So basically, if you couldn't already tell--I didn't like it. At. All.

My rating: 1 star.

If I had to sum this book up in one phrase it would be: If I kissed it, it would still be a frog.

Sunday, February 8, 2009

Golden (Once Upon a Time Series)

by Cameron Dokey

Summary: Before Rapunzel's birth, her mother made a dangerous deal with the sorceress Melisande: If she could not love newborn Rapunzel just as she appeared, she would surrender the child to Melisande. When Rapunzel was born completely bald and without hope of ever growing hair, her horrified mother sent her away with the sorceress to an uncertain future.
After sixteen years of raising Rapunzel as her own child, Melisande reveals that she has another daughter, Rue, who was cursed by a wizard years ago and needs Rapunzel's help. Rue and Rapunzel have precisely "two nights and the day that falls between" to break the enchantment. But bitterness and envy come between the girls, and if they fail to work together, Rue will remain cursed...forever.

My review: Think you've heard all the Rapunzel stories out there?!? I guarantee you've never heard this one before. Rapunzel has as much hair as a cue ball and is free to roam the countryside while the Sorceress Melisande's daughter Rue is locked away in a tower with her flowing golden locks. The two girls must work together to find a way out of the tower before time runs out.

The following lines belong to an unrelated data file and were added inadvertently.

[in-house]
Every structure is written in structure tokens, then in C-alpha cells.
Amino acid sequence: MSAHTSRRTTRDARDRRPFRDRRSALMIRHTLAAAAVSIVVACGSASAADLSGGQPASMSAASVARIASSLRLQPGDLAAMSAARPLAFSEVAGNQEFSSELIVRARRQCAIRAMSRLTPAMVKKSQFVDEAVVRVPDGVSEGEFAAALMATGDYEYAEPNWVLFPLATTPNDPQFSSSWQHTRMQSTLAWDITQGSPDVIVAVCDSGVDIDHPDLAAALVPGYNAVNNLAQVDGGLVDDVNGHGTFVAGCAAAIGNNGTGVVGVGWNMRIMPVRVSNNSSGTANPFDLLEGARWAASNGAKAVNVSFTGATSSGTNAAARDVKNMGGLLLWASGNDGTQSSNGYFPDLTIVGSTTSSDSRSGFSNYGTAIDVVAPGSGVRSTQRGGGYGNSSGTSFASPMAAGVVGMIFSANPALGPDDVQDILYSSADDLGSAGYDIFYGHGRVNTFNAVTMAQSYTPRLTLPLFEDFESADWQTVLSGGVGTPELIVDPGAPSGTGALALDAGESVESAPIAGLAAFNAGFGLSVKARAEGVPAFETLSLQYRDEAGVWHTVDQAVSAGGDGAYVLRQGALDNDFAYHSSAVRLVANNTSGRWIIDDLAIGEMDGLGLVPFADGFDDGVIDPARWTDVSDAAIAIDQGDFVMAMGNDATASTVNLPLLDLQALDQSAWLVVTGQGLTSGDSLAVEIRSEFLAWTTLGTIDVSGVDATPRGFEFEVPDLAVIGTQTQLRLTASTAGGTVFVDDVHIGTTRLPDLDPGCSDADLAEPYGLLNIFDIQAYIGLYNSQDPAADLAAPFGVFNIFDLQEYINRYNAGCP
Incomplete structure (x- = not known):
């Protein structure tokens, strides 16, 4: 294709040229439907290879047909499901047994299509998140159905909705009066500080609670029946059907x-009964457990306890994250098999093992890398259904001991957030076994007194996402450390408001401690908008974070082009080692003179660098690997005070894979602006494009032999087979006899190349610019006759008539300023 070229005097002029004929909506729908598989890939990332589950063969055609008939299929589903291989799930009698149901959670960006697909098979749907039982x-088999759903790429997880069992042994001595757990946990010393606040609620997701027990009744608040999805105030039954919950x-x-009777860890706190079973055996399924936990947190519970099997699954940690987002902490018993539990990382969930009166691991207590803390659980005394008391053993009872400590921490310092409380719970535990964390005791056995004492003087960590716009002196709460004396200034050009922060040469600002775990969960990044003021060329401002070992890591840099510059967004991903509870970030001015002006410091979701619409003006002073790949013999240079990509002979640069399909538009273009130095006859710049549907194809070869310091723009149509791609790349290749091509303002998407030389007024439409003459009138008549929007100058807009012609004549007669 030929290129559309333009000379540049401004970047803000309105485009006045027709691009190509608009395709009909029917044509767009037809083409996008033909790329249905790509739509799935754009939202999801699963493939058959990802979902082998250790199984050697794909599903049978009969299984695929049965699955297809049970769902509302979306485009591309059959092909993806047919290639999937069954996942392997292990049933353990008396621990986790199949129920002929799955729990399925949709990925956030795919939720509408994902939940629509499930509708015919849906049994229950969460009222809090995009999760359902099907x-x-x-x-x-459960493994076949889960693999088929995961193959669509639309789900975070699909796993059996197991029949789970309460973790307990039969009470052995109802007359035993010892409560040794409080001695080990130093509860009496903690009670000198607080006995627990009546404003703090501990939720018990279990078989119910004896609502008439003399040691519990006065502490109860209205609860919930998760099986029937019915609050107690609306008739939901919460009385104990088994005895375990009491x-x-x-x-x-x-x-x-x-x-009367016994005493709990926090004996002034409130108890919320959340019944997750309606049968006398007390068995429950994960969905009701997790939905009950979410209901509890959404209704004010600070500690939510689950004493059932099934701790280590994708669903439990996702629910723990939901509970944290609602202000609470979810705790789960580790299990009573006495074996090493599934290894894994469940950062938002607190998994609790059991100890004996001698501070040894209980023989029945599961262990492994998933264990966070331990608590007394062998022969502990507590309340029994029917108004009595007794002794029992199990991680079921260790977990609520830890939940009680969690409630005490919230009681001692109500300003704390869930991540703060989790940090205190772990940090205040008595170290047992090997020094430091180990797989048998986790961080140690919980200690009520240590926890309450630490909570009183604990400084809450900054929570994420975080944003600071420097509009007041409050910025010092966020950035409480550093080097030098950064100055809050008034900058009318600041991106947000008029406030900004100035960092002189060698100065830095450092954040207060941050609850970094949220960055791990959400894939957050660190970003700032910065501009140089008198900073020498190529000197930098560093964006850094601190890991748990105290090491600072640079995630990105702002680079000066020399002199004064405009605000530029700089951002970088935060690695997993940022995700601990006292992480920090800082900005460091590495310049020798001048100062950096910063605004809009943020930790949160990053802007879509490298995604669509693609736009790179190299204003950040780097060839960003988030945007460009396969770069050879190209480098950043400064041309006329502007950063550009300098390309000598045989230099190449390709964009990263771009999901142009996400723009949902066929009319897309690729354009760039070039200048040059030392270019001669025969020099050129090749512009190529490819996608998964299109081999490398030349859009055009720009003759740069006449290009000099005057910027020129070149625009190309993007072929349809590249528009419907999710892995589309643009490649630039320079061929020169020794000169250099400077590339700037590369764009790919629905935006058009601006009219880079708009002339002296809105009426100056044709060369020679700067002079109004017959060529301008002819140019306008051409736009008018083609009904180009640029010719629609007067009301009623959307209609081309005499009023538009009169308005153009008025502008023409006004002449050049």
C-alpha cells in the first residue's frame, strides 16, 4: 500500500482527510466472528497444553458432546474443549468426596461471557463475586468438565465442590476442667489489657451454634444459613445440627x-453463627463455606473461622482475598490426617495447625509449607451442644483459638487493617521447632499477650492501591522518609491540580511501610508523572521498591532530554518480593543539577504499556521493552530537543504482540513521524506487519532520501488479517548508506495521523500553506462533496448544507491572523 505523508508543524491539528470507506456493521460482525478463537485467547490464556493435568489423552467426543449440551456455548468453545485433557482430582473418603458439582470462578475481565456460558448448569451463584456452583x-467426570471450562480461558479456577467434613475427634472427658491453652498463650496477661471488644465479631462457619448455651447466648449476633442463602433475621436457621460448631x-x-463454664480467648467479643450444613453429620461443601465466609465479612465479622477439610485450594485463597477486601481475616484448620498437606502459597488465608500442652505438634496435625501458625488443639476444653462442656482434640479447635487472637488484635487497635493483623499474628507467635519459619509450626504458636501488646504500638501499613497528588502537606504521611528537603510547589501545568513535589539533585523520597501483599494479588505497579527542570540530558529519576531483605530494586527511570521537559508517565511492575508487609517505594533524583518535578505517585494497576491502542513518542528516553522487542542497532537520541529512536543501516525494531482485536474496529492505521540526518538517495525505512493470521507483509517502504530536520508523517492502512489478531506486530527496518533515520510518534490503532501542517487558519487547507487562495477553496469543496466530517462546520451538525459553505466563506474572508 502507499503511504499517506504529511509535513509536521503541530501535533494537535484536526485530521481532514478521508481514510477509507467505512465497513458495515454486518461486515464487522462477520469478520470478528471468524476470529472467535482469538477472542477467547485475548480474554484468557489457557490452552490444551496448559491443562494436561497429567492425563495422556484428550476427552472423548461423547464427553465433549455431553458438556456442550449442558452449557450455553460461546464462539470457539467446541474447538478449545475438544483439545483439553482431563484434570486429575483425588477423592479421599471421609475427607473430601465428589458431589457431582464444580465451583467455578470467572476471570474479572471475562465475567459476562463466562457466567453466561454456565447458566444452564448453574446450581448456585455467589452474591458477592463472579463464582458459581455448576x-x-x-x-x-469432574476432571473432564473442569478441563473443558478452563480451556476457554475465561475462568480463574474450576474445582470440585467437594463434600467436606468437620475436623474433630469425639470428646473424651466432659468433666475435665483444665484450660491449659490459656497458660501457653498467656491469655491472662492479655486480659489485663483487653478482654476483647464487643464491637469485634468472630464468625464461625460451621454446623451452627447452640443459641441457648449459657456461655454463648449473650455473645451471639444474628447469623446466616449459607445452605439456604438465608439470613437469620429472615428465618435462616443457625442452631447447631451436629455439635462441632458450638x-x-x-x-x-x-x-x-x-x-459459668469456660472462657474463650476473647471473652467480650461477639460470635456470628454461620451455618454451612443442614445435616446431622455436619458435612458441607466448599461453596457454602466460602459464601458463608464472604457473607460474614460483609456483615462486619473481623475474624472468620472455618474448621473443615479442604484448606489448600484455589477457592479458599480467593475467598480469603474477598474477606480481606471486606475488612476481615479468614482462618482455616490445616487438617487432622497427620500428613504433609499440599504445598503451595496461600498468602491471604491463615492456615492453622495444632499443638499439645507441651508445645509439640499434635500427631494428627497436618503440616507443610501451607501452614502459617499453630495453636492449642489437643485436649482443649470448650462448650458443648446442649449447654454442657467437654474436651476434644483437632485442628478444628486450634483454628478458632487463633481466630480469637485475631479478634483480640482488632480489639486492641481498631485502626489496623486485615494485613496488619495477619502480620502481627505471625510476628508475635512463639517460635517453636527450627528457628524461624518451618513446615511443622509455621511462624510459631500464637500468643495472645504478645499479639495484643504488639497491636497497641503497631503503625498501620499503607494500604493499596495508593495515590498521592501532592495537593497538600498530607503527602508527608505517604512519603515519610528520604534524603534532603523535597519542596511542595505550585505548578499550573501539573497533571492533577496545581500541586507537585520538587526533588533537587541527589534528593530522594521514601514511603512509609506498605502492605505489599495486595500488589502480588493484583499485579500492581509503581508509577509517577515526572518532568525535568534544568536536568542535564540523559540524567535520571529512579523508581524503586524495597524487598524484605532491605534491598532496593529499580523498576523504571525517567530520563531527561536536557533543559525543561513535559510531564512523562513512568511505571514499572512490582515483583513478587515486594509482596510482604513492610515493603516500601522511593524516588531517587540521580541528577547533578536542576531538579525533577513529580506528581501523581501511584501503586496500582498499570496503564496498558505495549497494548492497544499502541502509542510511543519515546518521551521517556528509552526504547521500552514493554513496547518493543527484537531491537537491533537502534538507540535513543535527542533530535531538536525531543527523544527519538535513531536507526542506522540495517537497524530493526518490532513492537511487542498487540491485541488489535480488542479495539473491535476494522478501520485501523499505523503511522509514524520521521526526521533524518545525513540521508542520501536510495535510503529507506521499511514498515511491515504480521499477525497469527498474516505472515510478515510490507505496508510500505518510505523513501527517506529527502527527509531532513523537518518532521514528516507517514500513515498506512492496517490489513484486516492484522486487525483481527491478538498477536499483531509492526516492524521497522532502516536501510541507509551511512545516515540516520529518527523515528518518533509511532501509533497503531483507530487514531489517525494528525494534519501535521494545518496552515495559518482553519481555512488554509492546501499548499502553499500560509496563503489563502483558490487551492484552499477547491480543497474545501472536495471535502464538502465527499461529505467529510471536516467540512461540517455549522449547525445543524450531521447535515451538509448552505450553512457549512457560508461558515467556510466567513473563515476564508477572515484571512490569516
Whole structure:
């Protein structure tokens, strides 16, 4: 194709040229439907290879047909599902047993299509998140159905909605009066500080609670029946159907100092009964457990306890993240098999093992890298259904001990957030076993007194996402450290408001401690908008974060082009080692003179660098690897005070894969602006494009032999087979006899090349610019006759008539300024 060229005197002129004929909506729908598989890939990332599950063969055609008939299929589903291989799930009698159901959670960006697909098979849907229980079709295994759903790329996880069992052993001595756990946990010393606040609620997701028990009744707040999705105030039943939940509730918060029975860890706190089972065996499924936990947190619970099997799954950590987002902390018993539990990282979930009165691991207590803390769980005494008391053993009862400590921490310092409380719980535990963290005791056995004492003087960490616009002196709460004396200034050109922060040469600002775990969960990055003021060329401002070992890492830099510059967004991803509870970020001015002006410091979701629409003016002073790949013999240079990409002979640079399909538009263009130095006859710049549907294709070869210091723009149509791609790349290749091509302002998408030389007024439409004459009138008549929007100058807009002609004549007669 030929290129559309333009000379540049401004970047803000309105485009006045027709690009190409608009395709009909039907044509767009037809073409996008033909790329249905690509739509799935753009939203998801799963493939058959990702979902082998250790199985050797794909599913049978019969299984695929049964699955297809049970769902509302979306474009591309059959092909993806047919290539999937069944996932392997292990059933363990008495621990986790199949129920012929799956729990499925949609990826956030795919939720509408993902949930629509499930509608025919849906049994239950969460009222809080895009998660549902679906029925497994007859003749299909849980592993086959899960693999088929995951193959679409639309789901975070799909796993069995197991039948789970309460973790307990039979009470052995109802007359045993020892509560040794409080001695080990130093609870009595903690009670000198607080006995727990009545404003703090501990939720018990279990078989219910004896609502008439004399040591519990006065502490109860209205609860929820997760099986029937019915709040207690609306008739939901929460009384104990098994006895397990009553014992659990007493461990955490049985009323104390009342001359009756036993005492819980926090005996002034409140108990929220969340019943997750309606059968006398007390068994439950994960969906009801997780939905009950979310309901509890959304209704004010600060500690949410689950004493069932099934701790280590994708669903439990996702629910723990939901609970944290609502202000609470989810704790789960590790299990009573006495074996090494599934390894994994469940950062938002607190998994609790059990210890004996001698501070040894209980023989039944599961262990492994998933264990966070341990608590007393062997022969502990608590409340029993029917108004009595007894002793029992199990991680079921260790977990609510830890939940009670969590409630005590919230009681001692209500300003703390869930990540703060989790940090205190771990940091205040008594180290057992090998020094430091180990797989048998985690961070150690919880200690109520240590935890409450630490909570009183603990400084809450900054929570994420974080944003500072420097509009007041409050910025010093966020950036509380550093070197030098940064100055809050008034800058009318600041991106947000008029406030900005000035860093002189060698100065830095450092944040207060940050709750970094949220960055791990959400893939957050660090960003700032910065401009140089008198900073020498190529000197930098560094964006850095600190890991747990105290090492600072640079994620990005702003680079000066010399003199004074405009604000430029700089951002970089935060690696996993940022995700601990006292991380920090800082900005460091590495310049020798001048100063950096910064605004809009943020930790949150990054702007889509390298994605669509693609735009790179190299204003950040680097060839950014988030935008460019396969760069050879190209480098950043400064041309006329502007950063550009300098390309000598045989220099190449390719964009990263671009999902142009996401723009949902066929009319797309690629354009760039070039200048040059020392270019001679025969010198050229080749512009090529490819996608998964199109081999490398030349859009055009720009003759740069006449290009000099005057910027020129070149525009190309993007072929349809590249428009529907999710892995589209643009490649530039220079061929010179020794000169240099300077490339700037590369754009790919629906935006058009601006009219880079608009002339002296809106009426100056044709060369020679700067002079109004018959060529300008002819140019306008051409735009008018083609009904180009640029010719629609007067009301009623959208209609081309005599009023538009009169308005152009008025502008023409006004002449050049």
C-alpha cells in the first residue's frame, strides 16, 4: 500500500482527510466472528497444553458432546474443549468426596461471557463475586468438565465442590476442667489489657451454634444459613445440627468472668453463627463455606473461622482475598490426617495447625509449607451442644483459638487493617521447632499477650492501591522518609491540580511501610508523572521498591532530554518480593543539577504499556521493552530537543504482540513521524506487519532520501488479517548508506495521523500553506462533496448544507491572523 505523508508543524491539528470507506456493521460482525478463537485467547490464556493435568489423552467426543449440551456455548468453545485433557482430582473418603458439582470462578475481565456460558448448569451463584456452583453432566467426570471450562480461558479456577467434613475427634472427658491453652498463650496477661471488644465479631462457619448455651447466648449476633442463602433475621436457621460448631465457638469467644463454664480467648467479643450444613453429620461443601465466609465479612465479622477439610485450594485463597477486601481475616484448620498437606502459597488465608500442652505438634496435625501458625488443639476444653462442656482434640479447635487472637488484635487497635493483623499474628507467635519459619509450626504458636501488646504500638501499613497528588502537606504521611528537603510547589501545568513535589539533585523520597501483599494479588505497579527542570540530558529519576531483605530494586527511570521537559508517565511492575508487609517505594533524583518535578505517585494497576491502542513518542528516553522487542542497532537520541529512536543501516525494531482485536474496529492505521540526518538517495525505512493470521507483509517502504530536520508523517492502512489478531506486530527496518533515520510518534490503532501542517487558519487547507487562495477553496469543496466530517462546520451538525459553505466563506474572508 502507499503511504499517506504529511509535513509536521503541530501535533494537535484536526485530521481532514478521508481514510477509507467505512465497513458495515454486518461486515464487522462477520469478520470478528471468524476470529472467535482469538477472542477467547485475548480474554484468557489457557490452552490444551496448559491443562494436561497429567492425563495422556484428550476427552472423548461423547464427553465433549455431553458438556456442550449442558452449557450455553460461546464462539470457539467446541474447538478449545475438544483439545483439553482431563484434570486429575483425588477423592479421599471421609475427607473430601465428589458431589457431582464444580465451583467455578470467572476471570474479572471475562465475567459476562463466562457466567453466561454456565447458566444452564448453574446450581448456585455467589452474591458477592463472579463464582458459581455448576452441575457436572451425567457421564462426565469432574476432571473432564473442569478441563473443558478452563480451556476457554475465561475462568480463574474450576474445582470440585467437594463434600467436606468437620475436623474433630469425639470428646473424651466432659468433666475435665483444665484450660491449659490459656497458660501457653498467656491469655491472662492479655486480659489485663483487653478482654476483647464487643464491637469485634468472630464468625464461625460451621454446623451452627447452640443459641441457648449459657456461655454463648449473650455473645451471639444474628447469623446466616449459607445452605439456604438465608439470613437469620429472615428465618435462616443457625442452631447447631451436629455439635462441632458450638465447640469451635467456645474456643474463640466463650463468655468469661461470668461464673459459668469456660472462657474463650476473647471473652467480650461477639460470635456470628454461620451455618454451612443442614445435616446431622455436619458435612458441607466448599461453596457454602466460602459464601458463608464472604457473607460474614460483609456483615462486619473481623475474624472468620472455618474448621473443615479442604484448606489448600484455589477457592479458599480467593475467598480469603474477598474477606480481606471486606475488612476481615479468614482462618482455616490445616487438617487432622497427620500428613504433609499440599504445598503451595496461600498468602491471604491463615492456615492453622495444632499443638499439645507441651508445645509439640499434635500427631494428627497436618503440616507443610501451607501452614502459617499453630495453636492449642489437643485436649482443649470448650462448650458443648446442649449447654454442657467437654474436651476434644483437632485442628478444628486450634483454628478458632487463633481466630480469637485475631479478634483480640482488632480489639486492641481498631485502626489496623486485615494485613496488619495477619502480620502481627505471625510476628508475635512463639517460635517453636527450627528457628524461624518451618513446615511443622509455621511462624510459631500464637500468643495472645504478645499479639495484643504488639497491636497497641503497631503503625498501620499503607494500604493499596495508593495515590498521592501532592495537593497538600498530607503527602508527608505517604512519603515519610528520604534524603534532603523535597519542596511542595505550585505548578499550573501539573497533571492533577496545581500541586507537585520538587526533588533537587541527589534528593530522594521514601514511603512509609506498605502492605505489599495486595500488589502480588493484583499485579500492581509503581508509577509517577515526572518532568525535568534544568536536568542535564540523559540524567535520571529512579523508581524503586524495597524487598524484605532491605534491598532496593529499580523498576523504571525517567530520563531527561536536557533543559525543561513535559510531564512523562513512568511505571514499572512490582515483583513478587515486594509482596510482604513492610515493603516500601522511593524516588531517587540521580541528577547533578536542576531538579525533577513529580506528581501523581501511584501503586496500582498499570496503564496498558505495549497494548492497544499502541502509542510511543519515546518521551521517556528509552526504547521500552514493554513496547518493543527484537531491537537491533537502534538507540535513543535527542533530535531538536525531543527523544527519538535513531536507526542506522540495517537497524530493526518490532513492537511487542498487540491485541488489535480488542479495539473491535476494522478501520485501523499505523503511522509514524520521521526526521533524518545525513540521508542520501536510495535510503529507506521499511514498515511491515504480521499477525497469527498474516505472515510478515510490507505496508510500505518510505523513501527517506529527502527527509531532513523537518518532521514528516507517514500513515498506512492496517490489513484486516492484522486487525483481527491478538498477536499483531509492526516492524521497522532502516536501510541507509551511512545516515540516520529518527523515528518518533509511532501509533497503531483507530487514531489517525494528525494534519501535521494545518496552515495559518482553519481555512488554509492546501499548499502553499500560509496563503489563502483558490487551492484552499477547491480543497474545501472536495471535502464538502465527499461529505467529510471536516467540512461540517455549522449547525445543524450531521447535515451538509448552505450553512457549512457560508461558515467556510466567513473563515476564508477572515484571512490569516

Rapunzel was a wonderfully written character. I enjoyed the fact that she wasn't as demure and ladylike as a lot of fairytale heroines. She was a spitfire and didn't get pushed around. I'm always a fan of sassy and sarcastic women, mostly I think, because I would definitely want to be that way if I were a romantic heroine. No swooning for me, thank you very much.

I've always wondered about the mother in this story. What on earth could possibly induce a mother to give up her firstborn for a bunch of herbs? This author handles the explanation very well, but in general it's always kind of troubled me and I'm not alone.

SIDE NOTE: A friend of mine's husband blogged about his concern with all the absentee mothering and maniacal step-mothers that you see in most Disney movies and fairytales. Check it out here. It's pretty funny.

There was ONE character who had a secret that was so blindingly obvious I was going to mention it as a negative, but as I read I discovered that it was actually nice being in on the secret and getting to anticipate the "big reveal."

My one real criticism is that I wish there could have been a bit more about how exactly they got out of the tower. I wanted there to be a secret thing they had to do and when it all played out, I felt the explanation was a little weak.